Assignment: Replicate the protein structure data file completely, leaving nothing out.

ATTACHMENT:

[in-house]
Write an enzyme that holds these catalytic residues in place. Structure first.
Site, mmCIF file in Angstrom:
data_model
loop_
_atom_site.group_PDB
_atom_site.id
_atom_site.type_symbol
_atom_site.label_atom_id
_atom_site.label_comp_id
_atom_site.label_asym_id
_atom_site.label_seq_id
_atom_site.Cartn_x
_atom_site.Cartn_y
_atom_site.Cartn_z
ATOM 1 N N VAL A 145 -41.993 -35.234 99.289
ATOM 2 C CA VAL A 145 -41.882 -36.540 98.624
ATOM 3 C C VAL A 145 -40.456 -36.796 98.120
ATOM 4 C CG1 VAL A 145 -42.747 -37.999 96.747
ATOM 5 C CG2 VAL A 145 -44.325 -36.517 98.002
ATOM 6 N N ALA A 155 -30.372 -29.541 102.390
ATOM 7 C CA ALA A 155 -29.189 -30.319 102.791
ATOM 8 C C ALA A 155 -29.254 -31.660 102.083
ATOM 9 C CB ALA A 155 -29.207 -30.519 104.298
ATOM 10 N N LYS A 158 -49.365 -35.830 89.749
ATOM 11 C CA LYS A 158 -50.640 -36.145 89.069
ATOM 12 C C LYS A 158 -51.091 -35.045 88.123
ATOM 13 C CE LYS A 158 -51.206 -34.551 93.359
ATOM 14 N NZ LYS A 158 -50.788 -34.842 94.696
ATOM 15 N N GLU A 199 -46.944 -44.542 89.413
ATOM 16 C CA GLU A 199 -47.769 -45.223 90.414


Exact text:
[in-house]
Write an enzyme that holds these catalytic residues in place. Structure first.
Site, mmCIF file in Angstrom:
data_model
loop_
_atom_site.group_PDB
_atom_site.id
_atom_site.type_symbol
_atom_site.label_atom_id
_atom_site.label_comp_id
_atom_site.label_asym_id
_atom_site.label_seq_id
_atom_site.Cartn_x
_atom_site.Cartn_y
_atom_site.Cartn_z
ATOM 1 N N VAL A 145 -41.993 -35.234 99.289
ATOM 2 C CA VAL A 145 -41.882 -36.540 98.624
ATOM 3 C C VAL A 145 -40.456 -36.796 98.120
ATOM 4 C CG1 VAL A 145 -42.747 -37.999 96.747
ATOM 5 C CG2 VAL A 145 -44.325 -36.517 98.002
ATOM 6 N N ALA A 155 -30.372 -29.541 102.390
ATOM 7 C CA ALA A 155 -29.189 -30.319 102.791
ATOM 8 C C ALA A 155 -29.254 -31.660 102.083
ATOM 9 C CB ALA A 155 -29.207 -30.519 104.298
ATOM 10 N N LYS A 158 -49.365 -35.830 89.749
ATOM 11 C CA LYS A 158 -50.640 -36.145 89.069
ATOM 12 C C LYS A 158 -51.091 -35.045 88.123
ATOM 13 C CE LYS A 158 -51.206 -34.551 93.359
ATOM 14 N NZ LYS A 158 -50.788 -34.842 94.696
ATOM 15 N N GLU A 199 -46.944 -44.542 89.413
ATOM 16 C CA GLU A 199 -47.769 -45.223 90.414